Purpose: Membrane-associated mucins present in the apical cells of the ocular surface epithelium (MUC1, -4, and -16) are believed to contribute to the maintenance of a hydrated and wet-surfaced epithelial phenotype. Serum and retinoic acid (RA) have been used to treat drying ocular surface diseases. The goal of this study was to determine whether serum or RA regulates the production of membrane-associated mucins in human conjunctival epithelial cells.
Methods: A telomerase-immortalized human conjunctival epithelial cell line (HCjE) was used. Cells were cultured in serum-free medium to confluence and then cultured with either 10% calf serum or with 100 nM RA for 0 to 72 hours. Conventional RT-PCR was used to determine the expression of retinoic acid receptors (RARs) and quantitative real-time PCR was used to investigate the mRNA expression of MUC1, -4, and -16. Protein levels were assayed by immunoblot analysis, using the antibodies HMFG-2, 1G8, or OC125, which are specific to MUC1, -4 and -16, respectively. To determine whether RA-associated MUC4 mRNA induction is a direct or indirect effect, HCjE cells were treated with RA and the protein synthesis inhibitor cycloheximide (1.0 microg/mL) for 12 hours.
Results: MUC1 and -16, but not -4, mRNAs were detectable in HCjE cells grown in serum-free medium. Real-time PCR revealed that MUC4 mRNA was significantly induced by serum 3 hours after its addition, and that MUC1 and MUC16 mRNA levels were significantly upregulated at 72 hours. Western blot analysis demonstrated that the MUC1, -4, and -16 proteins increased over time after addition of serum. Conventional RT-PCR analysis demonstrated that RAR-alpha and -gamma mRNA were expressed in native human conjunctival tissue as well as in the HCjE cells. Treatment with RA upregulated the expression of both MUC4 and -16 mRNA and protein, but MUC1 was unaffected. Because the protein synthesis inhibitor cycloheximide did not prevent the RA-associated induction of MUC4 mRNA, the action of RA on the MUC4 promoter may be direct.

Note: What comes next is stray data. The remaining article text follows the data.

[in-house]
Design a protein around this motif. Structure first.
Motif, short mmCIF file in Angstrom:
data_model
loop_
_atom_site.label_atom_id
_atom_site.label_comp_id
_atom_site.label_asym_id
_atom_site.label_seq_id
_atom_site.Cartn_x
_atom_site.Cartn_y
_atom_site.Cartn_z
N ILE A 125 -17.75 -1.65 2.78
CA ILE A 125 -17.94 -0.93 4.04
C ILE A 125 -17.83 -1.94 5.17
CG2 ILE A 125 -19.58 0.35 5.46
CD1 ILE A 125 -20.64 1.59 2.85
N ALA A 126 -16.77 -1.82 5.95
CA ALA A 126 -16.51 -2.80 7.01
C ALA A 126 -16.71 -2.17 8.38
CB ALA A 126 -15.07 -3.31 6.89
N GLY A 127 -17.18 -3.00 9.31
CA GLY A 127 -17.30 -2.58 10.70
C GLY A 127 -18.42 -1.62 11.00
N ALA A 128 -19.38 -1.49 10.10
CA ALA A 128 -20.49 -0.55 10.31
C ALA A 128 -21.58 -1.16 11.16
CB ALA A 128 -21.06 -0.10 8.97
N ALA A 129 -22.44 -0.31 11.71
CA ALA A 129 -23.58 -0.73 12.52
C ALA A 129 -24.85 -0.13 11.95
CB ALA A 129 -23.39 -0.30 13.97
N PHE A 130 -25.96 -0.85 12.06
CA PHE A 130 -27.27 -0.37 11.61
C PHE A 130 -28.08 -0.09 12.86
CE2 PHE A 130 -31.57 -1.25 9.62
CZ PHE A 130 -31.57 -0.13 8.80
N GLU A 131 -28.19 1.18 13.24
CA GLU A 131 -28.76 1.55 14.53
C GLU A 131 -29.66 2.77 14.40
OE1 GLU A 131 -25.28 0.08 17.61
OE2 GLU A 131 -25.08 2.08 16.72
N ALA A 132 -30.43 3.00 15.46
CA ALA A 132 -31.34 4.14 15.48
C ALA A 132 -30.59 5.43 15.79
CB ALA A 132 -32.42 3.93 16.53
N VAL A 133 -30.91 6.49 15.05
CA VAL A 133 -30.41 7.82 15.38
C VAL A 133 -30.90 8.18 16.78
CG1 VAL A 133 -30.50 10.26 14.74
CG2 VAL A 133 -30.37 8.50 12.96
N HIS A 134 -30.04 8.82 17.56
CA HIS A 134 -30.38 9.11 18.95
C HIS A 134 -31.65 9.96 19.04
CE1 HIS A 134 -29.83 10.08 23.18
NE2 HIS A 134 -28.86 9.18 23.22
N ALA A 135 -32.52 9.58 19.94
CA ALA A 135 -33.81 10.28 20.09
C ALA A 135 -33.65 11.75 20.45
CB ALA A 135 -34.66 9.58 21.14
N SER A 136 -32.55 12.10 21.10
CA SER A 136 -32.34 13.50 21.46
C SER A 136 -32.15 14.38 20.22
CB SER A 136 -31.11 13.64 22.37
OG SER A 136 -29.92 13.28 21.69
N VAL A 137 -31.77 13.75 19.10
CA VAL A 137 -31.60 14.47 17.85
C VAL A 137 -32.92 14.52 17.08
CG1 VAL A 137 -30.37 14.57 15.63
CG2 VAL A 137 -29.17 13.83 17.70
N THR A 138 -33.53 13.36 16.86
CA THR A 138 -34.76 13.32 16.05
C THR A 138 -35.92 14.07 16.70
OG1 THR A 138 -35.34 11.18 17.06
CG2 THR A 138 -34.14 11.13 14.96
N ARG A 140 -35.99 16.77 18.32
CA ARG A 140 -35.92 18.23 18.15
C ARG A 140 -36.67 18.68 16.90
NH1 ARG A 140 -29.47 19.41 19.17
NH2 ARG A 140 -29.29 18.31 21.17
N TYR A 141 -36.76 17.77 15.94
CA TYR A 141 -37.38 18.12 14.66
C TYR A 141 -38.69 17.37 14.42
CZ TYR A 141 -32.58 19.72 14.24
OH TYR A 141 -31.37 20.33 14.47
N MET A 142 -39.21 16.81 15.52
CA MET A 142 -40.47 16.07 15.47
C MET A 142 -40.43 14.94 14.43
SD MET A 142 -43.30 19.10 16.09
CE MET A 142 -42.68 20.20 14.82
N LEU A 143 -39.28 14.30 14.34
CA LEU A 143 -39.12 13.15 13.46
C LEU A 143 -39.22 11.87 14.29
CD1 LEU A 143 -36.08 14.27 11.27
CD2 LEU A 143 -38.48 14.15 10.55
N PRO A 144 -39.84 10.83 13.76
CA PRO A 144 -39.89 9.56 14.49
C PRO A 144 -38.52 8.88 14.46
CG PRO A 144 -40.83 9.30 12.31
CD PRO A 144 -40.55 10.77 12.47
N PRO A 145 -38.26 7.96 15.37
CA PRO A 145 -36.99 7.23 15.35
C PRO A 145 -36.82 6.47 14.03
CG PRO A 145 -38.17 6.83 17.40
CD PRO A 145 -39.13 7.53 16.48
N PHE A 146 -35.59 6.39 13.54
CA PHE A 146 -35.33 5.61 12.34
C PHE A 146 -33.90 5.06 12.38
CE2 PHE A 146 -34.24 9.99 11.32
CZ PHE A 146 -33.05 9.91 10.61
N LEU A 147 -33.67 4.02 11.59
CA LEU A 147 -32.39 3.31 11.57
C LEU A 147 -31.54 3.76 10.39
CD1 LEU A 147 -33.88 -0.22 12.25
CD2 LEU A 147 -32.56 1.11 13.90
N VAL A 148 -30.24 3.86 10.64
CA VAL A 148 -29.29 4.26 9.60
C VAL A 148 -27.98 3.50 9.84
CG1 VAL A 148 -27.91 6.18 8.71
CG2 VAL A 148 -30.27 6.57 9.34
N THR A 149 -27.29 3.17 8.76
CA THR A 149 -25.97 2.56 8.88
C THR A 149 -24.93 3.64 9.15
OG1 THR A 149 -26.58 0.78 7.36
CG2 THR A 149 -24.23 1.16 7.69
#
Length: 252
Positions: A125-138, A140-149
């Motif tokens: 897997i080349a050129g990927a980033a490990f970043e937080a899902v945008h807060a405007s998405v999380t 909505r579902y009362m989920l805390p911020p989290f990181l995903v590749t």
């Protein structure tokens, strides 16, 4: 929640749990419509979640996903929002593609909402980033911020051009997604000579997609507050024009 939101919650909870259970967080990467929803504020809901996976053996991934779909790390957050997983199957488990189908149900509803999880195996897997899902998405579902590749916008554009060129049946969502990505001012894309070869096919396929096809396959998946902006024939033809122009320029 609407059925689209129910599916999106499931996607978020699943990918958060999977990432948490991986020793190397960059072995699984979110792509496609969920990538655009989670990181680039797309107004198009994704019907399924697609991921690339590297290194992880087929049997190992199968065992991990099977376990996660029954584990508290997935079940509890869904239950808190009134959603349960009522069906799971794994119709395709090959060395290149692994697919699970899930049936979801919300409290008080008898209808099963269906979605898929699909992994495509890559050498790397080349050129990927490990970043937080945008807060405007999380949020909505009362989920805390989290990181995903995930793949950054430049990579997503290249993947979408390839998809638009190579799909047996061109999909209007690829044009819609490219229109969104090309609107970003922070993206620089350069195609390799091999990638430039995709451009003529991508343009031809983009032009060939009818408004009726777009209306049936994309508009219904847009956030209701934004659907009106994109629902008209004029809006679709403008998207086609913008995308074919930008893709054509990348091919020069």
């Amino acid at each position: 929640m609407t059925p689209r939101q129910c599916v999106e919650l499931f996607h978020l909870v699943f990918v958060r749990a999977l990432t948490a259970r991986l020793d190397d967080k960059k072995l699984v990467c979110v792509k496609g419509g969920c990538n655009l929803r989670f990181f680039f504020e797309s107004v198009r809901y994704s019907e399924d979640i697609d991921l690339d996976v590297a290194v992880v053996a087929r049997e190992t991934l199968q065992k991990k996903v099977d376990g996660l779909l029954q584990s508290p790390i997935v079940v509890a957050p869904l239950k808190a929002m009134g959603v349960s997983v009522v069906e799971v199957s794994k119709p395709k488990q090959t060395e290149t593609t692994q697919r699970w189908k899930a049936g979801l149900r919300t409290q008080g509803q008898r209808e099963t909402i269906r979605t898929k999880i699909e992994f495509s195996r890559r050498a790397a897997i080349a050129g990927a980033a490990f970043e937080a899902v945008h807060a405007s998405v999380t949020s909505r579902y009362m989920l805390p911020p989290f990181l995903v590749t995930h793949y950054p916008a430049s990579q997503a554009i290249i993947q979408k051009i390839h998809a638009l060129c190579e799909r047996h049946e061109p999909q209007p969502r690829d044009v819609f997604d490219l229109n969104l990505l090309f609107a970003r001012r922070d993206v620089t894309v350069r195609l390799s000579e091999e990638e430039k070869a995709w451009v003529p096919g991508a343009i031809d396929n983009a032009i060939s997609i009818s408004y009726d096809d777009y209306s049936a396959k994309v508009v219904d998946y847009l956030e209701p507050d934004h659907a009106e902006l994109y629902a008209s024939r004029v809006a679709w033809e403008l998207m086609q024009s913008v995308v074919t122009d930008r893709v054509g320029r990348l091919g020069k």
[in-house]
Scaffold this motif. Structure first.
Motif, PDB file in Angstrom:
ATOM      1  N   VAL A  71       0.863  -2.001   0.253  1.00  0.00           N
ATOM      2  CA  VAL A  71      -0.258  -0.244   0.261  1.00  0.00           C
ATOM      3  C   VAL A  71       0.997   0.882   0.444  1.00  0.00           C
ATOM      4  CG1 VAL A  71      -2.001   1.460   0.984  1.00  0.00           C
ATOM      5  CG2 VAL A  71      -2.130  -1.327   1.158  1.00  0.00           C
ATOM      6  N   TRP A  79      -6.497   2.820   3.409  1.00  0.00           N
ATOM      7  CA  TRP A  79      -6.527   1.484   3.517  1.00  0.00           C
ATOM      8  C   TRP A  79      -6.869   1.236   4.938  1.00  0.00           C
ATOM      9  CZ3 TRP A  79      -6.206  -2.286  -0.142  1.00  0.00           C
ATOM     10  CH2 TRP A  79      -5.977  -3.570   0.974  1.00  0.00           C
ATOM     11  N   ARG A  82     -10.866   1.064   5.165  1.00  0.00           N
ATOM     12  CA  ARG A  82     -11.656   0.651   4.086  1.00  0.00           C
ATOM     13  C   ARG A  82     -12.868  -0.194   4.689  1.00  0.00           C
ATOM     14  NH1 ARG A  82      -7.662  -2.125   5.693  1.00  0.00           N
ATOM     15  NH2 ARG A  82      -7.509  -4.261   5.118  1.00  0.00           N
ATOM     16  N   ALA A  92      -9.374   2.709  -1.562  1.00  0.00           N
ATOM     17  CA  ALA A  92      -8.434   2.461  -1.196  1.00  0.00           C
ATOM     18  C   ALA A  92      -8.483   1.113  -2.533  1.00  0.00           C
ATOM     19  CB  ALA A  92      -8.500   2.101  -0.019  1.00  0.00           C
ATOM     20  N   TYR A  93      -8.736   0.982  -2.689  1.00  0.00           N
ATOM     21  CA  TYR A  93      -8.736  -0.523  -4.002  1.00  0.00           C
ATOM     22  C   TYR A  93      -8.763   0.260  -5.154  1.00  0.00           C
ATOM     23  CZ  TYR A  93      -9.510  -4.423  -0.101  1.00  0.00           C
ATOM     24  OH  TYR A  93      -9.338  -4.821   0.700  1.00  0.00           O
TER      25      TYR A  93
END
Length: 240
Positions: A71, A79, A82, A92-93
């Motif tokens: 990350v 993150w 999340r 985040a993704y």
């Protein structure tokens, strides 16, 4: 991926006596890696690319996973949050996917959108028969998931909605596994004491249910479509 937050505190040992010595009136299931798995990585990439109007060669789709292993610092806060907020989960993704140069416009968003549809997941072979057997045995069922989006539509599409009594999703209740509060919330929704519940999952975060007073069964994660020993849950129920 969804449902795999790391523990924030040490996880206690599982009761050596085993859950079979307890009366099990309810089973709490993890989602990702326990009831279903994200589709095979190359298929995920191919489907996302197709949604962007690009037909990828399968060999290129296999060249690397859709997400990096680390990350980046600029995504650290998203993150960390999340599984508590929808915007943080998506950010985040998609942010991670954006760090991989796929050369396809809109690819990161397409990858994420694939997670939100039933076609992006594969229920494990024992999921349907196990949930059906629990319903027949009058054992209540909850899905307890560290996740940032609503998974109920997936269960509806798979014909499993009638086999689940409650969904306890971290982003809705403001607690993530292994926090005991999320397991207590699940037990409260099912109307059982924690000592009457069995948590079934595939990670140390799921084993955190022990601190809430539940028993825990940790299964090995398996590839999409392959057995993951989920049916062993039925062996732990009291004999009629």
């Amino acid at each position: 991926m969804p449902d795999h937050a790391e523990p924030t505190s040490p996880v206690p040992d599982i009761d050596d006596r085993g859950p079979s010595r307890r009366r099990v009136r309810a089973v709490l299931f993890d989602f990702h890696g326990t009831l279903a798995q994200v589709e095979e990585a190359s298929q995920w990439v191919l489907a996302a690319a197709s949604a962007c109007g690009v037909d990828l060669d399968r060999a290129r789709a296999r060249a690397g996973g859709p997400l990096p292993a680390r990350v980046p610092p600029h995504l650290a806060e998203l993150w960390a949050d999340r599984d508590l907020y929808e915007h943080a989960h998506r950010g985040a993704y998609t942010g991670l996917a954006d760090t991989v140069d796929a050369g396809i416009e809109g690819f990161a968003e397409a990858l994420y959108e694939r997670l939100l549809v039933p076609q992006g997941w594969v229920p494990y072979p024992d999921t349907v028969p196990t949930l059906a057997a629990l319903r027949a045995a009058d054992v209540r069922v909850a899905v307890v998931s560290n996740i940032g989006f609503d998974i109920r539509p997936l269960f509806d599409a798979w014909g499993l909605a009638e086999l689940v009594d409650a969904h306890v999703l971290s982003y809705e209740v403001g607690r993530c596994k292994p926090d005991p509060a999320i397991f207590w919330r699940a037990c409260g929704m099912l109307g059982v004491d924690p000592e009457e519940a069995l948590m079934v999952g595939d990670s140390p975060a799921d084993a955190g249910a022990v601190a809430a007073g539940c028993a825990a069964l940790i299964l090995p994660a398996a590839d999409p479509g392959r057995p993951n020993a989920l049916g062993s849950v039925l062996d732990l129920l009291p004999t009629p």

Conclusions: The membrane-associated mucins of the ocular surface epithelia, MUC1, -4, and -16, are differentially regulated by serum and RA in the telomerase-immortalized human conjunctival epithelial cell line. Serum derived from vessels in the conjunctiva may play an important role in mucin regulation in the ocular surface epithelia. These data also support the clinical efficacy of autologous serum and RA application in patients with ocular surface diseases. Furthermore, the data suggest that MUC4 and -16 are particularly important hydrophilic molecules involved in maintenance of a healthy ocular surface.